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MacBook Pro 13" Review

Some of my friends have asked that I post a review of my thoughts regarding the new Uni-body 13" MacBook Pro. Most of you know I despise most things Apple, including their hardware, software, and culture-of-Mac.


So, why bother with a MacBook?

First and foremost, I like small laptops. A 13" laptop is the perfect combination of size and functionality for me- I don't need a massive screen for most of what I do, but I do need to be able to grab-and-go when work or life calls. I already own a Dell XPS1330, which I will be keeping. I love that machine, and it's been worth every penny I spent on it. But, when Apple announced a uni-body 13" laptop, I had to try it.

The new MacBook Pro systems are made out of a single block of aluminum, which is machined and milled down to the shape and size required. What is left over is easily recyclable, since aluminum is one of the few materials that recycles 100%. Plastic doesn't do that. Not only is the source material more responsible to use, but the battery, circuit boards, screens, glass, and few remaining plastic pieces are all made in more responsible ways. Note, I said MORE RESPONSIBLE WAYS, not environmentally friendly ways. All of these materials require VAST amounts of energy to produce, and cause unbelievable pollution beyond carbon dioxide release. I suspect their next move will be corn or soy based plastics and foams, which have come a very long way in the past two or three years, and require a smaller carbon and pollution footprint to produce.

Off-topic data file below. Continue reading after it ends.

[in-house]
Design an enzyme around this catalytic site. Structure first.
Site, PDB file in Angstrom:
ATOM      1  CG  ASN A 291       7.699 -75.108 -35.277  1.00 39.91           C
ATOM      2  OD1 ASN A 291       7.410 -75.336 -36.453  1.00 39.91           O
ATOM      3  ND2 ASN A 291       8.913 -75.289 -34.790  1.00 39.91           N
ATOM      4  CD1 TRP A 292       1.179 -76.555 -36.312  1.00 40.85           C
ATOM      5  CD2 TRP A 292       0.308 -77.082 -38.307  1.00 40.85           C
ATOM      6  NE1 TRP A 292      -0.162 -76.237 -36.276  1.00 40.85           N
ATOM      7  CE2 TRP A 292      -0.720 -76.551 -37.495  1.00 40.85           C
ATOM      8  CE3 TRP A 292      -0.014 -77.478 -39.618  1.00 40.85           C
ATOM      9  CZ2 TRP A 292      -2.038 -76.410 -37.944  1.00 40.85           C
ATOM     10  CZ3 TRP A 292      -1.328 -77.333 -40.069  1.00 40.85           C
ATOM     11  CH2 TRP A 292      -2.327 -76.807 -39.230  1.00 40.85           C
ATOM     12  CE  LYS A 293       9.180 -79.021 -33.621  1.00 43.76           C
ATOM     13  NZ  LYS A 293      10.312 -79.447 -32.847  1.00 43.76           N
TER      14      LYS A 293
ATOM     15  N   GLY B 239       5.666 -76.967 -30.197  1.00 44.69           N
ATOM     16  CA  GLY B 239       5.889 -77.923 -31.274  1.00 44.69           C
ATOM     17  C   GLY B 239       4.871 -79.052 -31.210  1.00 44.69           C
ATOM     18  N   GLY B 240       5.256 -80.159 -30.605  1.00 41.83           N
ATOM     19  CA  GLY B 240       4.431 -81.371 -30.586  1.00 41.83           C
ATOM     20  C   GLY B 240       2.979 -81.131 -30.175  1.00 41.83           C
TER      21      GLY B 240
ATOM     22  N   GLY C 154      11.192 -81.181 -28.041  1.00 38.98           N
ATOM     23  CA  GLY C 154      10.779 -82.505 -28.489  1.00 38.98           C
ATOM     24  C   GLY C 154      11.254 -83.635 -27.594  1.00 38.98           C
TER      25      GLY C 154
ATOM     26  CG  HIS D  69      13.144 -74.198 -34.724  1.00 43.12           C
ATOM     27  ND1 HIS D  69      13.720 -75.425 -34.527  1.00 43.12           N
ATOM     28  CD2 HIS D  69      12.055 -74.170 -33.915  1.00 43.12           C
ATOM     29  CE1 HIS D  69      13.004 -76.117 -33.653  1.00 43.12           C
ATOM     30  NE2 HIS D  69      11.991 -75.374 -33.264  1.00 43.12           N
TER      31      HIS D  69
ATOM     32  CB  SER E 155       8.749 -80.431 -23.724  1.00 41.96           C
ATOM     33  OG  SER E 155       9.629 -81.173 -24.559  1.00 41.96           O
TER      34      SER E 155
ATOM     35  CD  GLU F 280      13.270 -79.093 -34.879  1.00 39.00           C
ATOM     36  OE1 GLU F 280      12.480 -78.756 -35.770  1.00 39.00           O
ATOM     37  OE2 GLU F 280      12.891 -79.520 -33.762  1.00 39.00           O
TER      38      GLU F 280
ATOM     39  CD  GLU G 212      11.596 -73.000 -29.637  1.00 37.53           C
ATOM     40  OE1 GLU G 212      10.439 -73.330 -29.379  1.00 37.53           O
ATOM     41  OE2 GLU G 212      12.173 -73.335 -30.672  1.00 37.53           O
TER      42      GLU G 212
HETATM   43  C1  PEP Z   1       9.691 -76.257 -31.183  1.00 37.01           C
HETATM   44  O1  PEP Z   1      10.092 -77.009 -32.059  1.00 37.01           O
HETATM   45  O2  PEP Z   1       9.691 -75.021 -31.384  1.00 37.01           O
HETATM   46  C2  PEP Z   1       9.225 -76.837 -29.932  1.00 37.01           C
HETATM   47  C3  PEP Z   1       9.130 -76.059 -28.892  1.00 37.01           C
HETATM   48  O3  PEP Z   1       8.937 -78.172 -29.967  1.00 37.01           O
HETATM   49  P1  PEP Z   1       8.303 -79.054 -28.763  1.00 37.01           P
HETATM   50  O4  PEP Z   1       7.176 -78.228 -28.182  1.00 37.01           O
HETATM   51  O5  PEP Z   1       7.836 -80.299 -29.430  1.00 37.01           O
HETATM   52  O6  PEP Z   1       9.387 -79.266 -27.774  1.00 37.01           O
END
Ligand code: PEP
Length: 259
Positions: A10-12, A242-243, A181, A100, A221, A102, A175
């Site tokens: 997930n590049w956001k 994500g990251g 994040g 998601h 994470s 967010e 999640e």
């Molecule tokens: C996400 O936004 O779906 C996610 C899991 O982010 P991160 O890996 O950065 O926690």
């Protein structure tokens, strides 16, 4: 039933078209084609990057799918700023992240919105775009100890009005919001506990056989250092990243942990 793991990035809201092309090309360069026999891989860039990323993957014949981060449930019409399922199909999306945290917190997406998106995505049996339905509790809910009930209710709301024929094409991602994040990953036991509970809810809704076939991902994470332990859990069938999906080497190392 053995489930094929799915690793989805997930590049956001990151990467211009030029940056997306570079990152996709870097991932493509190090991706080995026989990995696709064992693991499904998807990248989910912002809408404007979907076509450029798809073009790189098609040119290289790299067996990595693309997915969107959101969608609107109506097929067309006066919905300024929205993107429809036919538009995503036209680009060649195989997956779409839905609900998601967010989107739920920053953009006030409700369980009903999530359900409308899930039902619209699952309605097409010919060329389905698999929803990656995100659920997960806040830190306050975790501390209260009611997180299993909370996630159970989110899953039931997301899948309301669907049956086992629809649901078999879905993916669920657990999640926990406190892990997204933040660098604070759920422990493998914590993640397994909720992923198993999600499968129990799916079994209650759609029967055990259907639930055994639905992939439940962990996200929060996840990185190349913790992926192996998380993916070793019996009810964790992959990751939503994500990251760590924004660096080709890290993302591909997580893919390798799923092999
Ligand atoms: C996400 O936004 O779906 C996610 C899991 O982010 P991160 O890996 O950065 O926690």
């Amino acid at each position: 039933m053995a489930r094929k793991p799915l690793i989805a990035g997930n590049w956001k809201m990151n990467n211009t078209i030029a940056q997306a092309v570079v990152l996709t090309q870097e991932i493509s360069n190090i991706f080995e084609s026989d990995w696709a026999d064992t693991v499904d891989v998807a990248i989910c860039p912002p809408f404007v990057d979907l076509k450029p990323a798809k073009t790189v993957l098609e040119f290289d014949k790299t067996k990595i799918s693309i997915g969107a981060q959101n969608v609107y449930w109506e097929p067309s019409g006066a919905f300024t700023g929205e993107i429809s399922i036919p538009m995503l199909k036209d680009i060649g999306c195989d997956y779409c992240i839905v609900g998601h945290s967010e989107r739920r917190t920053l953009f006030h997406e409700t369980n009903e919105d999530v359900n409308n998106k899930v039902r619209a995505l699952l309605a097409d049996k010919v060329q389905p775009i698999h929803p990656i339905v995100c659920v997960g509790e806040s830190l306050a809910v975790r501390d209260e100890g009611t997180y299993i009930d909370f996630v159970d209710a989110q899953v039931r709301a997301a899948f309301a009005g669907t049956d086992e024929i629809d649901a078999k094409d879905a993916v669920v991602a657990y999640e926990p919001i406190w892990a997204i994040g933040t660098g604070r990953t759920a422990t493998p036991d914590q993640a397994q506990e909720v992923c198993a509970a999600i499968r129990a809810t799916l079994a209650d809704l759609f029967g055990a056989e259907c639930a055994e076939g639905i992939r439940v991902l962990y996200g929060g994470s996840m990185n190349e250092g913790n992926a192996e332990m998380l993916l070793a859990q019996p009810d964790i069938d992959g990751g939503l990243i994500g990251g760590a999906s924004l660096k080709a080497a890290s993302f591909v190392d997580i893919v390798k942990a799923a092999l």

The second reason I wanted a 13" MacBook Pro is less "hippy". This particular system is the least expensive of the MacBook Pro lineup- a product line that provides more "advanced" options than the standard MacBook line. I an going to be developing software for the iPhone, which requires an OS X system to run the development and testing tools I need. To me, this is complete crap on the side of Apple, but it doesn't surprise me in the least. The Apple culture is about Apple, not the users. You do things their way, or you don't do them at all. But, enough rambling, let's get to the meat and potatoes!



The unit itself came wrapped in a thin plastic bag, which held a box that held the laptop, cords and disks. All of these were either contained in other cardboard packaging, or had plastic wrappers on them. I know twist ties confuse Mac users like a plastic bag on a dog's head, but I think we can simple get rid of all this unnecessary garbage. It will all hopefully end up in a recycling plant, but the fact of the matter is that producing, shipping, and recycling costs money, energy, and frankly, time. And even given how easy it is to recycle, many people still don't do it. So, just stop wrapping these things completely!

Aside from the unnecessary boxes, dividers, wrappers, and protective sleeves, the unit itself is packed solidly within its box. There is no risk of the computer sliding around within the box, which is a good thing. I've received many systems that had crushed their packaging and slammed around the inside of a shipping box, which is obviously not a good thing. The computer itself also comes with a plastic sleeve over it to prevent scratches to the aluminum body. This fact actually worries me- how well will the body stand up to the test of time and constant usage?